10. The method of claim 9, further comprising: the first access node, assigning the first IP address to the mobile entity.
11. The method of claim 9, wherein the response message comprises configuration data, the configuration data further comprising at least one of a first IP address corresponding to the mobile entity, a mobile entity identifier, a default router and a subnet mask.
12. The method of claim 9, wherein the first access node sends a release message to zero or more access nodes in the wireless communication network based on at least one condition.
13. The method of claim 12, wherein the at least one condition comprises at least one of an elapsed time period, transfer of pending data from the second access node to the first access node, mobile entity detaching from a network domain, the mobile entity handing off to a different access node and a forced release.
14. The method of claim 13 is at least one of a base station and an access router.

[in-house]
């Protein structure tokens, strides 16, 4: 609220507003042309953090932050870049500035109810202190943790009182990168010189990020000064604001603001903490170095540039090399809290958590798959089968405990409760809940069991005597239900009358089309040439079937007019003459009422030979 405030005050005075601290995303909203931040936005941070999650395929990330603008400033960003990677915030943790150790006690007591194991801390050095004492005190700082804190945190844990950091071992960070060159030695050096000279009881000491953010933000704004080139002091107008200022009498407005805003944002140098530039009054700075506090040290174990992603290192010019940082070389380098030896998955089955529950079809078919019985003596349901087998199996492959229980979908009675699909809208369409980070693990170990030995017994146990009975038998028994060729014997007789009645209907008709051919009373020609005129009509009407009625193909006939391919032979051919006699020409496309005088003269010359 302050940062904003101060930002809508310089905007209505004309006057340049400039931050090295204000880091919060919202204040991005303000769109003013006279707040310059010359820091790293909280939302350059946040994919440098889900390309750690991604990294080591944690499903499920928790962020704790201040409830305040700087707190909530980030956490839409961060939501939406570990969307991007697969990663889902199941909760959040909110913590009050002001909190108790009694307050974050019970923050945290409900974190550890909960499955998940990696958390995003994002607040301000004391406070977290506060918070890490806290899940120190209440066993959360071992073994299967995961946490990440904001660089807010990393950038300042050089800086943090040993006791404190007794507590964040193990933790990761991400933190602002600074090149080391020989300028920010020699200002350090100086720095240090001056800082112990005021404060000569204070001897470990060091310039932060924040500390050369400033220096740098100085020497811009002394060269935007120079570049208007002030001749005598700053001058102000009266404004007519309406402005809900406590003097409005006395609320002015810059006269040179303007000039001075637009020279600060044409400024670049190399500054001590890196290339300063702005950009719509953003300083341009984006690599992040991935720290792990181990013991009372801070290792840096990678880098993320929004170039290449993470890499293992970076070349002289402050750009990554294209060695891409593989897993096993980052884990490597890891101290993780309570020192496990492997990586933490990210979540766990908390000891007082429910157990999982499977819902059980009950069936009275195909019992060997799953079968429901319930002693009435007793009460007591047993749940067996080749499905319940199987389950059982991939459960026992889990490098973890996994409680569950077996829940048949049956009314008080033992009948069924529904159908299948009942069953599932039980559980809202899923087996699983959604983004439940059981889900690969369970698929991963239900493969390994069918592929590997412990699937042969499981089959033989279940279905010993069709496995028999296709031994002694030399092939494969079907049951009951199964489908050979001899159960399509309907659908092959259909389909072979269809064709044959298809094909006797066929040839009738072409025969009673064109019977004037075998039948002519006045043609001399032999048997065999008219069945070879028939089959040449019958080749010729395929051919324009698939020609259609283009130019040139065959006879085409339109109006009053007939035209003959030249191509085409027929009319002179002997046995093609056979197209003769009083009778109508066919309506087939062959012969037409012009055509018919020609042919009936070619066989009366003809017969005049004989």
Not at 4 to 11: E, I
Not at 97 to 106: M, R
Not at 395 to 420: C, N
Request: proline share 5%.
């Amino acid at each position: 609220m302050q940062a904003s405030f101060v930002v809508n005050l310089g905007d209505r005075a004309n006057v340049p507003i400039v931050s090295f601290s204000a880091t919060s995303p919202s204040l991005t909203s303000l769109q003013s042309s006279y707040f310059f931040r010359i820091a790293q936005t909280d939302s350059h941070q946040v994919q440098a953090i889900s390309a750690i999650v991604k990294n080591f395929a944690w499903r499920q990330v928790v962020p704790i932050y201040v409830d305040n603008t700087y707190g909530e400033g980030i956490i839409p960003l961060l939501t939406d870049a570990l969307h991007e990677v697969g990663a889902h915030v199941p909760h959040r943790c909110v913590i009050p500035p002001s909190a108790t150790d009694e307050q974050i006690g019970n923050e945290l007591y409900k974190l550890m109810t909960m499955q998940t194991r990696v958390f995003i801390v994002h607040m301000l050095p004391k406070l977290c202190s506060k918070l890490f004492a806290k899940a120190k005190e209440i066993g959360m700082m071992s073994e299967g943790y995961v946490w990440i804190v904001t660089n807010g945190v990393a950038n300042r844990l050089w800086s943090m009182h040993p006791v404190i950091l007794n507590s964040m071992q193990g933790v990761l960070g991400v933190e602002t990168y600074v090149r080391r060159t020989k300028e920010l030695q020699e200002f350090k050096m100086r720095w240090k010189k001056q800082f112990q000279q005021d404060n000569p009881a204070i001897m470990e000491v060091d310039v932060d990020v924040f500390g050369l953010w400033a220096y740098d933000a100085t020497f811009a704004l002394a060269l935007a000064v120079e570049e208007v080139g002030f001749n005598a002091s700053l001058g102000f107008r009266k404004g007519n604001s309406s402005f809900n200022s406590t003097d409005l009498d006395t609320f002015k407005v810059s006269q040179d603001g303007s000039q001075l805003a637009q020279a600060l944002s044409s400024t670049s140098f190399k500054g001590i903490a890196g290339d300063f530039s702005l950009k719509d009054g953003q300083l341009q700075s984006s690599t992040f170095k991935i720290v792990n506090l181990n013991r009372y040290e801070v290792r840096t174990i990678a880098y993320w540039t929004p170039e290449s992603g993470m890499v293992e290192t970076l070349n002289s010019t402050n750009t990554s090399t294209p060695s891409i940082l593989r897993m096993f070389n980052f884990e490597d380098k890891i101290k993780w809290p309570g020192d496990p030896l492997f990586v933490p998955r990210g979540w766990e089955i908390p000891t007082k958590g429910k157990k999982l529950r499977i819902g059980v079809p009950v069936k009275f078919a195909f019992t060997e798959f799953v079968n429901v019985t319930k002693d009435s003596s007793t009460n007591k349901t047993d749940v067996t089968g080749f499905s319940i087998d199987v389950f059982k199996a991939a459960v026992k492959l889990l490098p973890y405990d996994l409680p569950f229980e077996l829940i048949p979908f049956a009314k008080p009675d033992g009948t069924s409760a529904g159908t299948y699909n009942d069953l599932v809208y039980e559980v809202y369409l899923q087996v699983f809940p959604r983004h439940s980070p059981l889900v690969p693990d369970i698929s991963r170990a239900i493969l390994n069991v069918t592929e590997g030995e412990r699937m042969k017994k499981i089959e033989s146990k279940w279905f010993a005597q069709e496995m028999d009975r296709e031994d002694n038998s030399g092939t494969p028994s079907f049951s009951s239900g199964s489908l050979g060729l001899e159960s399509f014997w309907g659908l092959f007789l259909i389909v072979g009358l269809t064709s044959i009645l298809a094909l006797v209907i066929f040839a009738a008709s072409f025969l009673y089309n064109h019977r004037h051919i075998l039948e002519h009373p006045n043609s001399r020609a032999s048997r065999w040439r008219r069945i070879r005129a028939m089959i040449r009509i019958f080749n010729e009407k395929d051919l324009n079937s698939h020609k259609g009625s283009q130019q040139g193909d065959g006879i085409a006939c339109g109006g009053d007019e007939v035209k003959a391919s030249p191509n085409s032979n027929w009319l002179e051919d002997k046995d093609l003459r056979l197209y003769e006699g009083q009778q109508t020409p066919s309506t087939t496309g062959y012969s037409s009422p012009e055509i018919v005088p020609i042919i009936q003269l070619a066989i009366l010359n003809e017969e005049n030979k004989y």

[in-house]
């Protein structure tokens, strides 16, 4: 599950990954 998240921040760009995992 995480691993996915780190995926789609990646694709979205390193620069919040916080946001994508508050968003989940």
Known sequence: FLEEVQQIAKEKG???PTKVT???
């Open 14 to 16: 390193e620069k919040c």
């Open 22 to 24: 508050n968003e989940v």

15. The method of claim 13 wherein the wireless communication network is an Internet protocol enabled broadcast capable multiple access shared medium wireless access network comprising IEEE 802.11 and 802.16 systems.
16. The method of claim 12, wherein the zero or more access nodes release the IP address corresponding to the mobile entity in response to receiving the release message.
17. The method of claim 12, wherein the release message is sent to the zero or more access nodes only when the first access node had previously sent a trigger message to the zero or more access nodes.
18. A first access node in a wireless communication network, the first access node comprising:
a processor; and
a memory operatively coupled to the processor and adapted for:
obtaining a first internet protocol (IP) address corresponding to a mobile entity;
identifying zero or more target access nodes, the zero or more access nodes being potential access nodes for handoff for the mobile entity;
sending a trigger message corresponding to the mobile entity to the identified zero or more access nodes; and
acquiring a second IP address for the mobile entity at each of the zero or more target access nodes.